Let’s face it-the COVID 19 pandemic was something that most could have not imagined, let alone prepared for. Life as we knew it was immediately turned upside down. While there were many losses incurred, none seemed to compare to the families who lost loved ones to COVID-19. As a society, we were called on to do everything we could to prevent this from happening. This resulted in losing our way of life as we knew it and disenfranchised grief.

Disenfranchised grief is defined as experiencing grief and loss that is not readily recognized by a person, group of people, or society as a whole. The symptoms of grief are the same-experiencing shock, sadness, guilt, regret, anger, fear-however disenfranchised grief makes the process of grieving more challenging due to the lack of validation, social support, and rituals that are often associated with grief. This can induce feelings of isolation and powerlessness, leaving one to feel helpless to reducing their own pain and struggle. 

“But we were all going through the COVID-19 pandemic together,” you think. “Doesn’t this count for something?” While we can cite many examples of people making the best of a difficult situation during the pandemic, the undertone has always remained the same-our loss pales in comparison to the loss of human life. The time we lost with loved ones, the loss of our routines, missing graduations, homecoming, sports, weddings, travel plans, holiday traditions, and in general life as we knew it-these losses were expected of us to protect the greater good of human life. We told ourselves, “Those who lost loved one’s to COVID-19; THOSE are the people who are struggling.”

I am here to remind you that everyone’s grief matters. Loss in any form deserves to be validated, acknowledged, and processed. Symptoms of grief are not to be taken lightly, as left unattended can lead to depression, anxiety, and other mental health challenges. It does not serve us to minimize, separate, or compare our losses.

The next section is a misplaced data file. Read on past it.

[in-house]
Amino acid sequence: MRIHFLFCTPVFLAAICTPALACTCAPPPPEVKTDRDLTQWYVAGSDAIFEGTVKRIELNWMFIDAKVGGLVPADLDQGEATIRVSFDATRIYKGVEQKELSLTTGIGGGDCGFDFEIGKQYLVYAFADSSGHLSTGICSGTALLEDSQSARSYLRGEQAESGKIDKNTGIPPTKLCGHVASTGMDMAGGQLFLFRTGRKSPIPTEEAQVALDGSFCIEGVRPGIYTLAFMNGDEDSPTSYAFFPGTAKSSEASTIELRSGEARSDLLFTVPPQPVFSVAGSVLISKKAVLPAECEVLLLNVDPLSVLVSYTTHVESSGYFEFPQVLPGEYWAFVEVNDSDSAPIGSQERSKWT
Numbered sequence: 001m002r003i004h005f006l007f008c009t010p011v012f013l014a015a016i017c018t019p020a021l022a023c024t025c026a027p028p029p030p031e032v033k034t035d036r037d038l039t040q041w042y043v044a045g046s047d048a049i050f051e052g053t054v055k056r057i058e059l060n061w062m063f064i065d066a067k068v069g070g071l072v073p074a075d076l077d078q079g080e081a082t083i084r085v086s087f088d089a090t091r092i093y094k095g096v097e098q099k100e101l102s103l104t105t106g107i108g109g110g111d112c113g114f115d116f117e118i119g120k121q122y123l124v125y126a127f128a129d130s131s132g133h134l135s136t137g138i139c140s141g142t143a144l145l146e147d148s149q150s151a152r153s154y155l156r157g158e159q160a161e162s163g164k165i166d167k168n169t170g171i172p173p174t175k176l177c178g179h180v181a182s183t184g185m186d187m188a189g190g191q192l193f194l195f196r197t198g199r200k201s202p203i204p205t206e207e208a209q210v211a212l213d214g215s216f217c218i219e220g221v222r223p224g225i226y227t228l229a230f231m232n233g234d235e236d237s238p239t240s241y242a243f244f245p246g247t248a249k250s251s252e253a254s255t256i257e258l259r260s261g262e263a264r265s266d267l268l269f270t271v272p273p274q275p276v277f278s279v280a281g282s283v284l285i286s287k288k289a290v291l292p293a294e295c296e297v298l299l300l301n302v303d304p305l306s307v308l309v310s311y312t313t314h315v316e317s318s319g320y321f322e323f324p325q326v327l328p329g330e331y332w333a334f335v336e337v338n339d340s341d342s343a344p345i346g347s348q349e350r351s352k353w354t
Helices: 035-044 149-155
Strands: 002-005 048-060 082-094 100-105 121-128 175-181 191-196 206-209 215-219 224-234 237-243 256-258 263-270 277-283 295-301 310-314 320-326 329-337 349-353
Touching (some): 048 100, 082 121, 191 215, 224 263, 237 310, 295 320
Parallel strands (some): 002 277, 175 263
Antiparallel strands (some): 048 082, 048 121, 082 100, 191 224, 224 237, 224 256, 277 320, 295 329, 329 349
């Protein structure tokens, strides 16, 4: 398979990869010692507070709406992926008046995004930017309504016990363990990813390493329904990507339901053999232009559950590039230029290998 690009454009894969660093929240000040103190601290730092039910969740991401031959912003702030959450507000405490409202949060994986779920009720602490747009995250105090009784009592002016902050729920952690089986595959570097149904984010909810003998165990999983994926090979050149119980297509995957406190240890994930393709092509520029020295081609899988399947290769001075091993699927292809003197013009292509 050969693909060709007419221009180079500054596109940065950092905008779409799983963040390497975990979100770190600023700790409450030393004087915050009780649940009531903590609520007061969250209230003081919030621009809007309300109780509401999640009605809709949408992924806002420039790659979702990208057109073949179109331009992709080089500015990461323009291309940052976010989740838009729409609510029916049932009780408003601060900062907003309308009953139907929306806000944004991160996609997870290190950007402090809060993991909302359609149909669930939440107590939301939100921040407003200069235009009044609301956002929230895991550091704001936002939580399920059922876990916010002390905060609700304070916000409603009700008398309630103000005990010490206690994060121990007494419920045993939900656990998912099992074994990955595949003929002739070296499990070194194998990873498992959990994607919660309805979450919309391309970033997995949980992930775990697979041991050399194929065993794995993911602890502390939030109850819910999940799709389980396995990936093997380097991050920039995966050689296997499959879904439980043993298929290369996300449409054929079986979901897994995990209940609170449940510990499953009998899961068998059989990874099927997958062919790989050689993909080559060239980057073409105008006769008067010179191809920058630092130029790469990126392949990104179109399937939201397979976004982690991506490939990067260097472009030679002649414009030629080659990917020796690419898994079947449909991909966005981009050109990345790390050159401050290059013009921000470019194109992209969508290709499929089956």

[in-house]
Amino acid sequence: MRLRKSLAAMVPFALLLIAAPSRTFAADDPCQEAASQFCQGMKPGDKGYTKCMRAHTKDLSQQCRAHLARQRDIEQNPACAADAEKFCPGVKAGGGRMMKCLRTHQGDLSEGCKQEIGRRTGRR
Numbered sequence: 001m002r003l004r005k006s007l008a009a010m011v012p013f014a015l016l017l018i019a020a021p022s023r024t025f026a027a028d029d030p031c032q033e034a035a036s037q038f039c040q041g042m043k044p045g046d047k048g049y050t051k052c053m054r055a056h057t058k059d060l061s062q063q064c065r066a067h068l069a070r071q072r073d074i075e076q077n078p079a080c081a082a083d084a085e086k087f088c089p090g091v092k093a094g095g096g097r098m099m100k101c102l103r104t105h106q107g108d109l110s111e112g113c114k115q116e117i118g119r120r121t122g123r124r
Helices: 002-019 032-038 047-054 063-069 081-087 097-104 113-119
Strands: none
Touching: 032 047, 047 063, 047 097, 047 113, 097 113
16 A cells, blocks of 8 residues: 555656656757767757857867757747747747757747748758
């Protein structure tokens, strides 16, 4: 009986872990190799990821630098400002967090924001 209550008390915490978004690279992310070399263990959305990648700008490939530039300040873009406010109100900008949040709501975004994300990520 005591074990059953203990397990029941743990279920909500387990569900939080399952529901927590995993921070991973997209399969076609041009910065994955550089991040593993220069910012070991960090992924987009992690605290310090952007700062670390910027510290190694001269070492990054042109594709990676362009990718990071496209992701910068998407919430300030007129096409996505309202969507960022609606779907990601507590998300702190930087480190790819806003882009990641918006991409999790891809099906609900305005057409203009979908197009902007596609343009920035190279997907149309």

So, what can we do to cope with our disenfranchised grief?

  1. Acknowledge and validate your loss. Hopefully this article started you on your journey of awareness in understanding that your loss MATTERS, regardless of the messages you have gotten from others, society, and yourself. Remind yourself that you are worthy of the time and space to grieve your loss.
  2. Begin to get to the root of your grief. When dealing with grief, what you don’t address will ultimately address you. Avoid the urge to suppress your grief and hope it goes away; unresolved feelings have a tendency to resurface later on.
  3. Write! Writing can be a therapeutic tool to uncover suppressed emotions. There are many writing prompts available online for coping with grief and loss. Do so slowly and with self-compassion, going at a pace that feels right to you.
  4. Make your own grieving ritual. Part of the challenge of coping with disenfranchised grief is that there are no clear rituals to honor and provide closure for the grief experienced. Rituals will vary from person to person; however, it may help to pick a place that has emotional significance where you can spend time to honor what was lost.  
  5. Find support. If there is a name for it, someone has experienced it. Seek out friends and family members that have experienced similar losses, or that you feel are supportive. Consider what you need from others and ask for it. As always, seeking professional help is recommended, as this individual is trained to guide you through this challenging process.